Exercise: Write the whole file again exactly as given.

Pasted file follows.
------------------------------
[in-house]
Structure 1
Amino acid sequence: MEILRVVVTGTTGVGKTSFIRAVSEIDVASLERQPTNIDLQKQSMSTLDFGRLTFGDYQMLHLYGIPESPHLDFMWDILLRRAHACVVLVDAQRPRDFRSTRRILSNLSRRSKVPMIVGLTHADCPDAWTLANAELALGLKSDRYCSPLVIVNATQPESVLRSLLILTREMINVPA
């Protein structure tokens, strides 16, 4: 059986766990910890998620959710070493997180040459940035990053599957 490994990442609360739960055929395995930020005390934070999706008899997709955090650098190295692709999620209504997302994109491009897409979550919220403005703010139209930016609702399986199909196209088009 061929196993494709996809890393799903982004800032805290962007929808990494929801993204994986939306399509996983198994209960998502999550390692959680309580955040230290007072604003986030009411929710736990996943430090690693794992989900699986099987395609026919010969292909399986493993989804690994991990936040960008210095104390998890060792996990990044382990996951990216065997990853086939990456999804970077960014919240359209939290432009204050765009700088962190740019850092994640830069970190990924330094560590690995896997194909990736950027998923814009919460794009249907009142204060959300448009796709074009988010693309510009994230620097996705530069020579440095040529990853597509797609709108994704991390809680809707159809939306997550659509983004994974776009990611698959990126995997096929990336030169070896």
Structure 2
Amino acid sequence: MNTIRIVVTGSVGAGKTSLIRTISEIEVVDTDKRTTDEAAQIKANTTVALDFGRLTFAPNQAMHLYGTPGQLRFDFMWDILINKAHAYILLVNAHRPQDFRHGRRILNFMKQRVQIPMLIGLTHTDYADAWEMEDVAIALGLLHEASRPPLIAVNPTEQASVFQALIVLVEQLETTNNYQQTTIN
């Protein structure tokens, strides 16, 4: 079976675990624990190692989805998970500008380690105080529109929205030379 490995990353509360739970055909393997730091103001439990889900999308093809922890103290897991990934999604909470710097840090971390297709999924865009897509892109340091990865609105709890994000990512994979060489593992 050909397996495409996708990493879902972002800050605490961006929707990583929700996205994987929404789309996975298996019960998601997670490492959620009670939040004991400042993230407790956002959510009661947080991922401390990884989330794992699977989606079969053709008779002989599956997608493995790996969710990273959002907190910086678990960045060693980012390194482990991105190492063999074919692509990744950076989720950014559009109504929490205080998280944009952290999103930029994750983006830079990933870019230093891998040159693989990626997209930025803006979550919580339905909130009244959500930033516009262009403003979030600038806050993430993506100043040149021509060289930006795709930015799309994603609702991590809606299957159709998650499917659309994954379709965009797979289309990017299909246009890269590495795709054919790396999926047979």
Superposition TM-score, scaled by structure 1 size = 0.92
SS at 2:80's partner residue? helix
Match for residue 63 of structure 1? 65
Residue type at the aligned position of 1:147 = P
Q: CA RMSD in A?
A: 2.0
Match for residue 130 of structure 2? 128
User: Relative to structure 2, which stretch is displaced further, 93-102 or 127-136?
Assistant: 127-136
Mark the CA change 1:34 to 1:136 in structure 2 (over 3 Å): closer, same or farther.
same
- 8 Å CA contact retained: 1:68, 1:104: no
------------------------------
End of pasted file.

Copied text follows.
[in-house]
Structure 1
Amino acid sequence: MEILRVVVTGTTGVGKTSFIRAVSEIDVASLERQPTNIDLQKQSMSTLDFGRLTFGDYQMLHLYGIPESPHLDFMWDILLRRAHACVVLVDAQRPRDFRSTRRILSNLSRRSKVPMIVGLTHADCPDAWTLANAELALGLKSDRYCSPLVIVNATQPESVLRSLLILTREMINVPA
């Protein structure tokens, strides 16, 4: 059986766990910890998620959710070493997180040459940035990053599957 490994990442609360739960055929395995930020005390934070999706008899997709955090650098190295692709999620209504997302994109491009897409979550919220403005703010139209930016609702399986199909196209088009 061929196993494709996809890393799903982004800032805290962007929808990494929801993204994986939306399509996983198994209960998502999550390692959680309580955040230290007072604003986030009411929710736990996943430090690693794992989900699986099987395609026919010969292909399986493993989804690994991990936040960008210095104390998890060792996990990044382990996951990216065997990853086939990456999804970077960014919240359209939290432009204050765009700088962190740019850092994640830069970190990924330094560590690995896997194909990736950027998923814009919460794009249907009142204060959300448009796709074009988010693309510009994230620097996705530069020579440095040529990853597509797609709108994704991390809680809707159809939306997550659509983004994974776009990611698959990126995997096929990336030169070896």
Structure 2
Amino acid sequence: MNTIRIVVTGSVGAGKTSLIRTISEIEVVDTDKRTTDEAAQIKANTTVALDFGRLTFAPNQAMHLYGTPGQLRFDFMWDILINKAHAYILLVNAHRPQDFRHGRRILNFMKQRVQIPMLIGLTHTDYADAWEMEDVAIALGLLHEASRPPLIAVNPTEQASVFQALIVLVEQLETTNNYQQTTIN
């Protein structure tokens, strides 16, 4: 079976675990624990190692989805998970500008380690105080529109929205030379 490995990353509360739970055909393997730091103001439990889900999308093809922890103290897991990934999604909470710097840090971390297709999924865009897509892109340091990865609105709890994000990512994979060489593992 050909397996495409996708990493879902972002800050605490961006929707990583929700996205994987929404789309996975298996019960998601997670490492959620009670939040004991400042993230407790956002959510009661947080991922401390990884989330794992699977989606079969053709008779002989599956997608493995790996969710990273959002907190910086678990960045060693980012390194482990991105190492063999074919692509990744950076989720950014559009109504929490205080998280944009952290999103930029994750983006830079990933870019230093891998040159693989990626997209930025803006979550919580339905909130009244959500930033516009262009403003979030600038806050993430993506100043040149021509060289930006795709930015799309994603609702991590809606299957159709998650499917659309994954379709965009797979289309990017299909246009890269590495795709054919790396999926047979």
Superposition TM-score, scaled by structure 1 size = 0.92
SS at 2:80's partner residue? helix
Match for residue 63 of structure 1? 65
Residue type at the aligned position of 1:147 = P
Q: CA RMSD in A?
A: 2.0
Match for residue 130 of structure 2? 128
User: Relative to structure 2, which stretch is displaced further, 93-102 or 127-136?
Assistant: 127-136
Mark the CA change 1:34 to 1:136 in structure 2 (over 3 Å): closer, same or farther.
same
- 8 Å CA contact retained: 1:68, 1:104: no